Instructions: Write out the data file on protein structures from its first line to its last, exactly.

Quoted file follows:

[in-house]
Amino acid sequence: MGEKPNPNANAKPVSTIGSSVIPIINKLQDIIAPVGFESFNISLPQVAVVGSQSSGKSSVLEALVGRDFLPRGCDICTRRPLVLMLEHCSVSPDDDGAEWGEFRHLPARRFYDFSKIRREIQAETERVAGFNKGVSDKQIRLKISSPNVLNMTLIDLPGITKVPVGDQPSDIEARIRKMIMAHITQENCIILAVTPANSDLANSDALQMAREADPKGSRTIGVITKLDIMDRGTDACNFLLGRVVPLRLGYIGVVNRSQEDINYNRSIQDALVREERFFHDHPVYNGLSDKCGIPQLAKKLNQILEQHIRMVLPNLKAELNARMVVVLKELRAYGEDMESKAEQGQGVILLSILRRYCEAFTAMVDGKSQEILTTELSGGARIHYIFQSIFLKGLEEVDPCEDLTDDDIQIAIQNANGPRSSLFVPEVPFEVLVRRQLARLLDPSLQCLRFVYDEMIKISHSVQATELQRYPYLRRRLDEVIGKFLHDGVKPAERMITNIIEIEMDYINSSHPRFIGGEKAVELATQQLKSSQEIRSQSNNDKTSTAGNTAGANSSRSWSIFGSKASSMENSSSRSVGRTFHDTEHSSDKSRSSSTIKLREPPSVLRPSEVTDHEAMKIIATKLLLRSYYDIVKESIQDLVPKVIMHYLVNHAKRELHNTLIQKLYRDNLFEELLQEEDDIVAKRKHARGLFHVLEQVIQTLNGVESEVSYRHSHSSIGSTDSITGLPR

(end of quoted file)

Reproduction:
[in-house]
Amino acid sequence: MGEKPNPNANAKPVSTIGSSVIPIINKLQDIIAPVGFESFNISLPQVAVVGSQSSGKSSVLEALVGRDFLPRGCDICTRRPLVLMLEHCSVSPDDDGAEWGEFRHLPARRFYDFSKIRREIQAETERVAGFNKGVSDKQIRLKISSPNVLNMTLIDLPGITKVPVGDQPSDIEARIRKMIMAHITQENCIILAVTPANSDLANSDALQMAREADPKGSRTIGVITKLDIMDRGTDACNFLLGRVVPLRLGYIGVVNRSQEDINYNRSIQDALVREERFFHDHPVYNGLSDKCGIPQLAKKLNQILEQHIRMVLPNLKAELNARMVVVLKELRAYGEDMESKAEQGQGVILLSILRRYCEAFTAMVDGKSQEILTTELSGGARIHYIFQSIFLKGLEEVDPCEDLTDDDIQIAIQNANGPRSSLFVPEVPFEVLVRRQLARLLDPSLQCLRFVYDEMIKISHSVQATELQRYPYLRRRLDEVIGKFLHDGVKPAERMITNIIEIEMDYINSSHPRFIGGEKAVELATQQLKSSQEIRSQSNNDKTSTAGNTAGANSSRSWSIFGSKASSMENSSSRSVGRTFHDTEHSSDKSRSSSTIKLREPPSVLRPSEVTDHEAMKIIATKLLLRSYYDIVKESIQDLVPKVIMHYLVNHAKRELHNTLIQKLYRDNLFEELLQEEDDIVAKRKHARGLFHVLEQVIQTLNGVESEVSYRHSHSSIGSTDSITGLPR